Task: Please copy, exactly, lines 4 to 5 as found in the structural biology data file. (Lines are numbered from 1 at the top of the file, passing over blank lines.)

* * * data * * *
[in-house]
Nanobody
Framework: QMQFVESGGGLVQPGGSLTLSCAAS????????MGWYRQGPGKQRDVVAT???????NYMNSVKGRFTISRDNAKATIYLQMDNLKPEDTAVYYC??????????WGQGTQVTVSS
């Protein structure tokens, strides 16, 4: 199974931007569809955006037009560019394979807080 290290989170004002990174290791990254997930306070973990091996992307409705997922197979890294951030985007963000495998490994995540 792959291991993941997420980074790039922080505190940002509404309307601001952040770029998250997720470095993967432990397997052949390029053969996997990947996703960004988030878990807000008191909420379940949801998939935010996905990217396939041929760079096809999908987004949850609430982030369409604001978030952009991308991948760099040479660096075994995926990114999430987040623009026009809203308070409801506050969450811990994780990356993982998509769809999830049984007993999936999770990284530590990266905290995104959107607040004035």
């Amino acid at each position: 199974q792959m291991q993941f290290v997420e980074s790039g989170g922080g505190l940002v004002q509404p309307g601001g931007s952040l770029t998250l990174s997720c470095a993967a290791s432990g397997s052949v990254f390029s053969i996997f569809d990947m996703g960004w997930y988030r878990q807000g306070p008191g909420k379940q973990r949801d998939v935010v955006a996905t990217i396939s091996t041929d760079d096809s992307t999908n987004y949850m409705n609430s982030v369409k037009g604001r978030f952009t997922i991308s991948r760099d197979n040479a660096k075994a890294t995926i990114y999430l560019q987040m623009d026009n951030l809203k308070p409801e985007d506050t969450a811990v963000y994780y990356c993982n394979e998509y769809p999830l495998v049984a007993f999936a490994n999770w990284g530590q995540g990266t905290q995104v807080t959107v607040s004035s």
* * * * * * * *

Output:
């Protein structure tokens, strides 16, 4: 199974931007569809955006037009560019394979807080 290290989170004002990174290791990254997930306070973990091996992307409705997922197979890294951030985007963000495998490994995540 792959291991993941997420980074790039922080505190940002509404309307601001952040770029998250997720470095993967432990397997052949390029053969996997990947996703960004988030878990807000008191909420379940949801998939935010996905990217396939041929760079096809999908987004949850609430982030369409604001978030952009991308991948760099040479660096075994995926990114999430987040623009026009809203308070409801506050969450811990994780990356993982998509769809999830049984007993999936999770990284530590990266905290995104959107607040004035």
């Amino acid at each position: 199974q792959m291991q993941f290290v997420e980074s790039g989170g922080g505190l940002v004002q509404p309307g601001g931007s952040l770029t998250l990174s997720c470095a993967a290791s432990g397997s052949v990254f390029s053969i996997f569809d990947m996703g960004w997930y988030r878990q807000g306070p008191g909420k379940q973990r949801d998939v935010v955006a996905t990217i396939s091996t041929d760079d096809s992307t999908n987004y949850m409705n609430s982030v369409k037009g604001r978030f952009t997922i991308s991948r760099d197979n040479a660096k075994a890294t995926i990114y999430l560019q987040m623009d026009n951030l809203k308070p409801e985007d506050t969450a811990v963000y994780y990356c993982n394979e998509y769809p999830l495998v049984a007993f999936a490994n999770w990284g530590q995540g990266t905290q995104v807080t959107v607040s004035s």